My peak blood glucose level at 223mg/dL 1hr post meal is in the diabetic range and exceeds prediabetic levels [5].

However, I am able to reduce blood glucose levels from peak back into a normal range. This dynamic pattern is consistent with prediabetes rather than full diabetes [6].

It is possible that my blood glucose falls into the hypoglycemic range at times due to the sharp fall in blood glucose from peak [7], but hypoglycemic blood glucose values were not observed here. Likely hypoglycemic symptoms are often due to the high rate of change rather than actual hypoglycemic blood glucose.

A prediabetic condition is supported by the post meal dynamics and most blood glucose measurements. Only my peak post meal blood glucose at 1 hr is alarmingly hyperglycemic supporting full diabetes.

This dynamic pattern suggests a loss of first phase insulin release, which occurs within 2 minutes of first food intake in normal people and prevent rise over 140mg/dL [7]. The second, sustained insulin release appears to be intact which explains the fall in my blood glucose between 1 & 2 hrs. However, overcompensation in the second insulin release due to hyperglycemic conditions at 1hr could explain the subsequent sharp fall in blood glucose and hypoglycemic symptoms [7].

Loss of the first insulin response is a feature of prediabetes or Impaired Glucose Tolerance [7]. Asians are reported to have higher incidences than Caucasians of developing diabetes, 95% of whom develop type 2 diabetes [8]. Many, if not all, develop type 2 diabetes through loss of first phase insulin response which causes subsequent beta cell loss or dysfunction, impairment of the second insulin release, and insulin resistance in other tissues [7,8]. Loss of both phases of insulin release characterizes full diabetes [7].

I probably have prediabetes and need to see an endocrinologist for proper diagnosis and treatment. I will probably not return to the primary care doctor who thought I was a hypochondriac.  I will probably repeat these experiments for a total of 3 times to demonstrate reproducibility [UPDATE: this doesn’t seem possible because stabbing my finger 1-4x per time point to get enough blood hurts].

I have a lot of reading to do to better understand the normal physiology, pathological physiology, disease progression, underlying mechanisms, population incidences, existing treatments, and relevant drug development pipeline.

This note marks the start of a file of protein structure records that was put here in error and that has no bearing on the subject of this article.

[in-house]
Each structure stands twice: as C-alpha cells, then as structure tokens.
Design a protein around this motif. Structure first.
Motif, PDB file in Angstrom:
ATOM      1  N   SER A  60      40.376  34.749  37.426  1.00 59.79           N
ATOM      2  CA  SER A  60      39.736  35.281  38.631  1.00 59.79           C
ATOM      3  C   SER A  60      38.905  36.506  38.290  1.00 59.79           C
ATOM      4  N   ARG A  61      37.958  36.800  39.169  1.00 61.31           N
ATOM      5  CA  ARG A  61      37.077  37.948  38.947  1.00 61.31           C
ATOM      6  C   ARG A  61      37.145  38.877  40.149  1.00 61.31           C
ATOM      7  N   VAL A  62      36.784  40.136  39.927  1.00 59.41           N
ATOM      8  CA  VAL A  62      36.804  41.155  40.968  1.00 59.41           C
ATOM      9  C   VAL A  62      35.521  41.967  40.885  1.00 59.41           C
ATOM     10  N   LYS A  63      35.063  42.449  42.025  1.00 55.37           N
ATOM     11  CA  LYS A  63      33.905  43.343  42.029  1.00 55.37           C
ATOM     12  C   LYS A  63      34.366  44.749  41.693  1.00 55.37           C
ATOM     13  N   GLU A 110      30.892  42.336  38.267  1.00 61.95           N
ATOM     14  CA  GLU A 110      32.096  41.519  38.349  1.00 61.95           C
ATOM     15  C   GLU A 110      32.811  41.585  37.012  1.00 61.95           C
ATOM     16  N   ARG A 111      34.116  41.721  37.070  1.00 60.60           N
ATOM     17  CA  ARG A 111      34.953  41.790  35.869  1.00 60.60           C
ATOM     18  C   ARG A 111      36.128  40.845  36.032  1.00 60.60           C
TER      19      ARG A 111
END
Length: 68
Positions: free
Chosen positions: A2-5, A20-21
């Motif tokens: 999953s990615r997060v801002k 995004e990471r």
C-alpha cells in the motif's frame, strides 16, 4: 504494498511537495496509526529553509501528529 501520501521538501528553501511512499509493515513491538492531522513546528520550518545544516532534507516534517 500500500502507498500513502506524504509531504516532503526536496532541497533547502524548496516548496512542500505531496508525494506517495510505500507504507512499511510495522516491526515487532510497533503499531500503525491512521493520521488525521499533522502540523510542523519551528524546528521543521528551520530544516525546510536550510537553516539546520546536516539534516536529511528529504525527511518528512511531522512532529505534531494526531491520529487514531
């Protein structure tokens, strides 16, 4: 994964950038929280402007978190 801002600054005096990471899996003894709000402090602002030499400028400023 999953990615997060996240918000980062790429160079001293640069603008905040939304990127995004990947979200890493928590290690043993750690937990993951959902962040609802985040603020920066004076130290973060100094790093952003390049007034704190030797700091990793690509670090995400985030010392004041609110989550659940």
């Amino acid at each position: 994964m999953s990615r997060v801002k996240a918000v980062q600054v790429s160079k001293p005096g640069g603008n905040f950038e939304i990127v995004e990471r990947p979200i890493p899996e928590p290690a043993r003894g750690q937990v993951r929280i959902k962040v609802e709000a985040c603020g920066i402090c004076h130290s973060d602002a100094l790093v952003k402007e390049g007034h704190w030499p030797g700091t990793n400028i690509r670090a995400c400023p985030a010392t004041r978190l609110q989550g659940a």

Understanding my particular disease development and its treatment may be a challenge because my BMI is 19 and I have hovered on this cusp of underweight for my entire adult life.  Most diabetes information and prediabetes treatments focus on slowing disease development by losing weight.  It is likely my disease onset is caused by a factor other than obesity-related lifestyle choices since I am not obese, so modifying my lifestyle may have no effect on my disease progression.  An additional impediment for me to this common  method of treatment is that I cannot really lose weight.

In conclusion, do I have hypochondria?  Sadly it doesn’t seem so.

References

  1. Hypoglycemia, Wikipedia
  2. Blood sugar regulation, Wikipedia
  3. Reactive hypoglycemia site
  4. American Diabetes Association diagnosis
  5. American Diabetes Association
  6. Blood sugar chart
  7. The beta cell and first phase insulin secretion, Medscape
  8. Joslin Asian American Diabetes Initiative

* I do not necessarily endorse or believe all information contained in the references above.

My favorite iPhone browser iCab is back!!

My iCab layout
My iCab layout

The other day my favorite iPhone browser, iCab Mobile, was updated to version 8.5 and I couldn’t be happier. It has even occurred to me that it’s absence was contributing to my prior dislike for my new iPhone 6.

ICab is a super functional, no-frills workhorse. I can’t possibly talk about all its features, but here’s what I love the most.

Why I like iCab over Safari and everything else

My bottom menu
My bottom menu

ICab has ad blocking, including those annoying ads that underline word’s randomly in text and look like legitimate links. This feature is indispensable, can’t live without it.

Real file uploads on almost any website, with any file. Grab any kind of file, not just photos, from your Dropbox or PDF app or wherever. Use ‘open in iCab’ and then the file shows up in iCab’s ‘Downloads’ list. From there upload it on any website. Real life saver.  No other iOS browser I’ve tried has file uploads.  This feature alone makes the iPhone and iPad keep me from having to lug around my laptop all the time.